Why Blue Monday is a lie

Worldwide, the third Monday in January is known as “the saddest day of the year” or “Blue Monday”

Why Blue Monday is a lie
Depression is common after the holidays - Photo: File Photo/EL UNIVERSAL
English 21/01/2019 15:36 Notimex Mexico City Actualizada 15:36
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Worldwide, the third Monday in January is known as “the saddest day of the year” or “Blue Monday”; nevertheless, this doesn't exist, according to experts from Mexico's National Autonomous University (UNAM).

They claim this is a pseudo-scientific event or a marketing concept, which is the foundation of a campaign to increase the sale of trips. In 2005, the company Sky Travel looked for a way to increase its selling points.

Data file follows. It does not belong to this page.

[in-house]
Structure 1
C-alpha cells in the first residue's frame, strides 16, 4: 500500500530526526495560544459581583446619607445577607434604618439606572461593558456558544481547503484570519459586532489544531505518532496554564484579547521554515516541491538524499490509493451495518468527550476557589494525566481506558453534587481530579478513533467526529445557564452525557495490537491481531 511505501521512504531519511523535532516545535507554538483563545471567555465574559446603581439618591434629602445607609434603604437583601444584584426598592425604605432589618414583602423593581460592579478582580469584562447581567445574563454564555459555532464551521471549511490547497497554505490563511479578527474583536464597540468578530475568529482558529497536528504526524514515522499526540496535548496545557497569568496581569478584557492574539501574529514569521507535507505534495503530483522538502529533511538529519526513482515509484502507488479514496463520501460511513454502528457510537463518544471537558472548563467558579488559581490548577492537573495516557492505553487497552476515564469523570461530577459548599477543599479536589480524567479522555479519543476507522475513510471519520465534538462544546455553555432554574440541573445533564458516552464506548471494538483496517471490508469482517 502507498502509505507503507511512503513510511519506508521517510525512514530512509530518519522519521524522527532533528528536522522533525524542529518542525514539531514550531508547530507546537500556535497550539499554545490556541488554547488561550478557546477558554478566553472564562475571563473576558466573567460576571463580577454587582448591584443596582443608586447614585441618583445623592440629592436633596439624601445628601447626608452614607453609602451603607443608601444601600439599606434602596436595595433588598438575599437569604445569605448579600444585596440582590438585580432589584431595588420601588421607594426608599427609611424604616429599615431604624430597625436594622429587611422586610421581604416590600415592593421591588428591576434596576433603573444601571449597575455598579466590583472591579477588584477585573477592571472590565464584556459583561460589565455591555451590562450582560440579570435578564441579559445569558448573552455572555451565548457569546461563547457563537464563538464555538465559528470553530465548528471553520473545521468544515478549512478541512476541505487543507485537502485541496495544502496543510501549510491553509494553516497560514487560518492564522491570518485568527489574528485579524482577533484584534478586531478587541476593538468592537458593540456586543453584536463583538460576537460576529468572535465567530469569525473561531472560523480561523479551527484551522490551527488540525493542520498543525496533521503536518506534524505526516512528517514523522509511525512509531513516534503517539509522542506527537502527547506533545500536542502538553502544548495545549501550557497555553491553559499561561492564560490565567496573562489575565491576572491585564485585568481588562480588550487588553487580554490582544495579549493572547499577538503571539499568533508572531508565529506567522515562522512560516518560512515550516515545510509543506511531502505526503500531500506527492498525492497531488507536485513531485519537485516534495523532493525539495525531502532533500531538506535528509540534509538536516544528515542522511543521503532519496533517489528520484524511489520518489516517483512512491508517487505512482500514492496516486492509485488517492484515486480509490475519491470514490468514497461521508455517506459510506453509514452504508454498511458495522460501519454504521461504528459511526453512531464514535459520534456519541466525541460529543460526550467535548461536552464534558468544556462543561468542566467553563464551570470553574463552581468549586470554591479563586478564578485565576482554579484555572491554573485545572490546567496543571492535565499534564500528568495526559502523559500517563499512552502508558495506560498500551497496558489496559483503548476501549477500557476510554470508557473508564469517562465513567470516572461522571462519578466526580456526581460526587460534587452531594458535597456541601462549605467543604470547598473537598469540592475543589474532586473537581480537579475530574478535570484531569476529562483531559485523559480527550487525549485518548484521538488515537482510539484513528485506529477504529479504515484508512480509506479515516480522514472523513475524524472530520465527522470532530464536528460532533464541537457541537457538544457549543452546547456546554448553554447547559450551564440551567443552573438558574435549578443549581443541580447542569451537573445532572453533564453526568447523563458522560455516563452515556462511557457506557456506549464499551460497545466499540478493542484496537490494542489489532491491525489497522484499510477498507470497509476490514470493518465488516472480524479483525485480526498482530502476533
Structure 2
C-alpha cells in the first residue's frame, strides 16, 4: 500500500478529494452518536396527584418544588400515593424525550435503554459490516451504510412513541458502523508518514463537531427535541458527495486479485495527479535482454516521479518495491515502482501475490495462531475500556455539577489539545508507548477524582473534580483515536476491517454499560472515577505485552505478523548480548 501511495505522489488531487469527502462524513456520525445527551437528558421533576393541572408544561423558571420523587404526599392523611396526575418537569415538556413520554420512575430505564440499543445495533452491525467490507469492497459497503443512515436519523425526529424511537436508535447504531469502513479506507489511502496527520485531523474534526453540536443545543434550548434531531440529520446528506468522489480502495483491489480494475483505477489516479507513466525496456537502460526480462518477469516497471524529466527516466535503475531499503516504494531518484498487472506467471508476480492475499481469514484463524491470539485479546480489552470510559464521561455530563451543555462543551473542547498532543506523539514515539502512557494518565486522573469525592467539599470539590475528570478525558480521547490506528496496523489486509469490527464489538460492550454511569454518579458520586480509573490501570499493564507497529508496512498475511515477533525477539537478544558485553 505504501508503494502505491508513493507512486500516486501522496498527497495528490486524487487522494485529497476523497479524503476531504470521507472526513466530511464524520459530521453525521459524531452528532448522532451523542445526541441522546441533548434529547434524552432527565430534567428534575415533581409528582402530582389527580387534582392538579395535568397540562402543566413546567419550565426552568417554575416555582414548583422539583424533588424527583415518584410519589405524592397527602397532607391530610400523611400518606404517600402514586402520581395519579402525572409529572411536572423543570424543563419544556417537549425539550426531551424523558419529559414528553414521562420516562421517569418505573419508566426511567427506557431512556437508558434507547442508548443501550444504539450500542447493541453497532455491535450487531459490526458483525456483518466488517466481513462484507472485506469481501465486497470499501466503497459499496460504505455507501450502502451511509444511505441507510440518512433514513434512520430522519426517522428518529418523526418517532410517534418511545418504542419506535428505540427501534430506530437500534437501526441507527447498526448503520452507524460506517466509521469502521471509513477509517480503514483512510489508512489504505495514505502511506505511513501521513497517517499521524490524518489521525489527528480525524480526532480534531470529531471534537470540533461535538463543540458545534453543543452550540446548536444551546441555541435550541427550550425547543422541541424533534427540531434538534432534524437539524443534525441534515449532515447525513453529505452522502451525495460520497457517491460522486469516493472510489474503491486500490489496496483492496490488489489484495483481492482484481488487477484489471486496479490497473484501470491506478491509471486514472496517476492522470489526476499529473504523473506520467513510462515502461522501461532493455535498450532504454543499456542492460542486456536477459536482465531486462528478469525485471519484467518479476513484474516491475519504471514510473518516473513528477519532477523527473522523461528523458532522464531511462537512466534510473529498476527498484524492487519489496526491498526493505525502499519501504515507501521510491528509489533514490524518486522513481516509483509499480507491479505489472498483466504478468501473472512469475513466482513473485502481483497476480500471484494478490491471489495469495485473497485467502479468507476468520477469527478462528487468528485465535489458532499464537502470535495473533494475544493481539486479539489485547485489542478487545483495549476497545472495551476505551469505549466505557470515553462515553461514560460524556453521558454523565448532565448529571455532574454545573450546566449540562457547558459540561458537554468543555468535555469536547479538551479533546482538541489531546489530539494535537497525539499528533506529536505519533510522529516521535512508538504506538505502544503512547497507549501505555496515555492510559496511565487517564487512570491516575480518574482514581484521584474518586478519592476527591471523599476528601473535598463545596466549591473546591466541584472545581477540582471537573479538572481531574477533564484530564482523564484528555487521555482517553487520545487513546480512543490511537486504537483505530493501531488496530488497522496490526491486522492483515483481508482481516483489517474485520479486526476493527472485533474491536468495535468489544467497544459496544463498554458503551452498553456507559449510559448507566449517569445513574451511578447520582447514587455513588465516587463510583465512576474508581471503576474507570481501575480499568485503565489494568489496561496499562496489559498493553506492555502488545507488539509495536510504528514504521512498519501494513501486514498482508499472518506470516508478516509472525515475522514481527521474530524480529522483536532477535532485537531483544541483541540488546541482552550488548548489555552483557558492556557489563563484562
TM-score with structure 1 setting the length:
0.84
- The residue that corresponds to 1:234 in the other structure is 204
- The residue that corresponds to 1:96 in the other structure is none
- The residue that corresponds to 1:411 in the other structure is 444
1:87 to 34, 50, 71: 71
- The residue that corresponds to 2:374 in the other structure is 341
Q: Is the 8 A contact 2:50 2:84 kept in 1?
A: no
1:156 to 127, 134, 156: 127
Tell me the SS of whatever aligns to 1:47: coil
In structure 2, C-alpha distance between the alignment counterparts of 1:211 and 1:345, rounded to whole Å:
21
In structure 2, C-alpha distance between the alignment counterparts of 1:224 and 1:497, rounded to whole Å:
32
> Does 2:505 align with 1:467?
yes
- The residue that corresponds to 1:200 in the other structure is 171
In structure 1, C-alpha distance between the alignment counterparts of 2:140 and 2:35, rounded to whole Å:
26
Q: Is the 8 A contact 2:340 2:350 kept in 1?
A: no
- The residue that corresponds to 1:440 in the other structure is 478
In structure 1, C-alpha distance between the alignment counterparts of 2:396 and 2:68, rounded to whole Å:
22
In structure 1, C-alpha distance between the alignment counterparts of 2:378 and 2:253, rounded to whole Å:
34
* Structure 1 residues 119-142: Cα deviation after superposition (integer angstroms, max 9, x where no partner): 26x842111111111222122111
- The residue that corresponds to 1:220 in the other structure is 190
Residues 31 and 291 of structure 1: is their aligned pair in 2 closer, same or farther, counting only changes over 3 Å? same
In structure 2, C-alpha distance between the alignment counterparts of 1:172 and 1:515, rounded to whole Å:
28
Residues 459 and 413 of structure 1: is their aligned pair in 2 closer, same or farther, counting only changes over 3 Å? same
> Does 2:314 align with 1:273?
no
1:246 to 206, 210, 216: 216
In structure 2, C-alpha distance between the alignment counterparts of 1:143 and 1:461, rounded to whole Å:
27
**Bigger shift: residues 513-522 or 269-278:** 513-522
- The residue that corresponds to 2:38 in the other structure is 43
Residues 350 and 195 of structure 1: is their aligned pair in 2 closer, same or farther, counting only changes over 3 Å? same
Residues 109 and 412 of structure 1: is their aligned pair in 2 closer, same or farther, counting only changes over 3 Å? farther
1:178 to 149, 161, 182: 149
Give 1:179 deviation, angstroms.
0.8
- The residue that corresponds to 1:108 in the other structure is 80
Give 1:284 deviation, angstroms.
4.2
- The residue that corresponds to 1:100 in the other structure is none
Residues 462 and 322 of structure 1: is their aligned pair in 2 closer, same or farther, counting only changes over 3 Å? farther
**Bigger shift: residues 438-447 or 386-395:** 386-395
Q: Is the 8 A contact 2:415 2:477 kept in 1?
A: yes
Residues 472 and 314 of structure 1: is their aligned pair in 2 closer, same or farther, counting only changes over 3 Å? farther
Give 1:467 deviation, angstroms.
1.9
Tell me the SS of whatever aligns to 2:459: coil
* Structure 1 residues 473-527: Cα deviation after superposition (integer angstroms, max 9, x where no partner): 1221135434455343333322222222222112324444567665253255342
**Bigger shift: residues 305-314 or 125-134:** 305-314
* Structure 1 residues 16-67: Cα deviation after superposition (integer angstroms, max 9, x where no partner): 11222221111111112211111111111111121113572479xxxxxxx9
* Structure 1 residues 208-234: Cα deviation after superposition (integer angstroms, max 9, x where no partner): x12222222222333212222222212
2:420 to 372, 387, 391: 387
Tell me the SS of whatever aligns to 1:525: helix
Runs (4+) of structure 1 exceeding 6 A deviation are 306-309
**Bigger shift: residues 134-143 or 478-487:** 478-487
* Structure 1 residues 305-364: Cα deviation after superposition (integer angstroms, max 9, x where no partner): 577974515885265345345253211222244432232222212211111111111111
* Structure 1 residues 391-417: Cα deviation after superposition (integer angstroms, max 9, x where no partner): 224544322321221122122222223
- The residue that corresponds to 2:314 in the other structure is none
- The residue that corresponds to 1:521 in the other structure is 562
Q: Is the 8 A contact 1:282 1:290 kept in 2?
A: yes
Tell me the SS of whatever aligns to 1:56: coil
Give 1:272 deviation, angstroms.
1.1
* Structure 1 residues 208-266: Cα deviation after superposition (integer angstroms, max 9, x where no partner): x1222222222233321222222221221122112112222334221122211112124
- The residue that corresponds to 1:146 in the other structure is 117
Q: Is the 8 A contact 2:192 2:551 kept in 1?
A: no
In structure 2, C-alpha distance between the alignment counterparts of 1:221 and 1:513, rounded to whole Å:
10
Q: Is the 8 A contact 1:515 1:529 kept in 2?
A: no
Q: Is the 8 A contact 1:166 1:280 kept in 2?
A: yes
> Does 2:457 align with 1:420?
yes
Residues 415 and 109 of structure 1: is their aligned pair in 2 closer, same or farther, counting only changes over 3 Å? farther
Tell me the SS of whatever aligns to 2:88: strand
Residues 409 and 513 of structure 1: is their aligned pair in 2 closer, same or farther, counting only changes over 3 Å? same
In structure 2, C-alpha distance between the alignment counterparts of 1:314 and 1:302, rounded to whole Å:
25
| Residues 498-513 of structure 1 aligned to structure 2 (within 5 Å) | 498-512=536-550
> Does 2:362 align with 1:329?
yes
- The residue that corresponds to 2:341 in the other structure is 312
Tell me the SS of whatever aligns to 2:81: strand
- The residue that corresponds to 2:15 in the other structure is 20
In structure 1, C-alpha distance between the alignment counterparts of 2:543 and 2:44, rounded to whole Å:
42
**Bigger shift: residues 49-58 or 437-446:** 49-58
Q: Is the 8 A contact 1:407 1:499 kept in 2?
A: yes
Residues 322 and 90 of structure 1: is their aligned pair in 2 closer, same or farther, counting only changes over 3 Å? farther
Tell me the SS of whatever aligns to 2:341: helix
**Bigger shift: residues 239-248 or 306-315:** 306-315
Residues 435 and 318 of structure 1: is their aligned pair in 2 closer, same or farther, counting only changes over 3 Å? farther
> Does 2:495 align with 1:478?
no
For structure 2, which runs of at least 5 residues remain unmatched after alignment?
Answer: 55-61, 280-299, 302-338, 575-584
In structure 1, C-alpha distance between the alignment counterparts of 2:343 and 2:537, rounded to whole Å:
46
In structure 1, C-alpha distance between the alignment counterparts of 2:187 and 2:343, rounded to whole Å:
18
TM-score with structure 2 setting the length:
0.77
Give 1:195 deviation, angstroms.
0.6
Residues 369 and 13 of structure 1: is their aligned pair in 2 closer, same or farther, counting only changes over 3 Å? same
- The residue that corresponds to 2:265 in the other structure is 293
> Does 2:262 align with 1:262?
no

Therefore, “Blue Monday” was calculated through an equation made by the English researcher Cliff Arnall, who considers parameters such as weather and the debts originated by the holidays to find “the saddest day of the year.”

Nevertheless, said equation can't be generalized, as the conditions are different for every country, said Hugo Sánchez, an academic from the Psychology Faculty.

Once the December holidays and parties are over, this period becomes a time for self-criticism, reflection, and melancholy but it doesn't become pathological, Sánchez explained.

The academic explained that people all over the world feel sadness and anxiety all the time but it doesn't always become an illness; therefore, people shouldn't wait for a specific day to be depressed.

He explained that some sectors of the population can be susceptible to be influenced.

He urged vulnerable sectors, such as teenagers, not to suicide or risk their lives today and to ask for help if they feel depressed or anxious.


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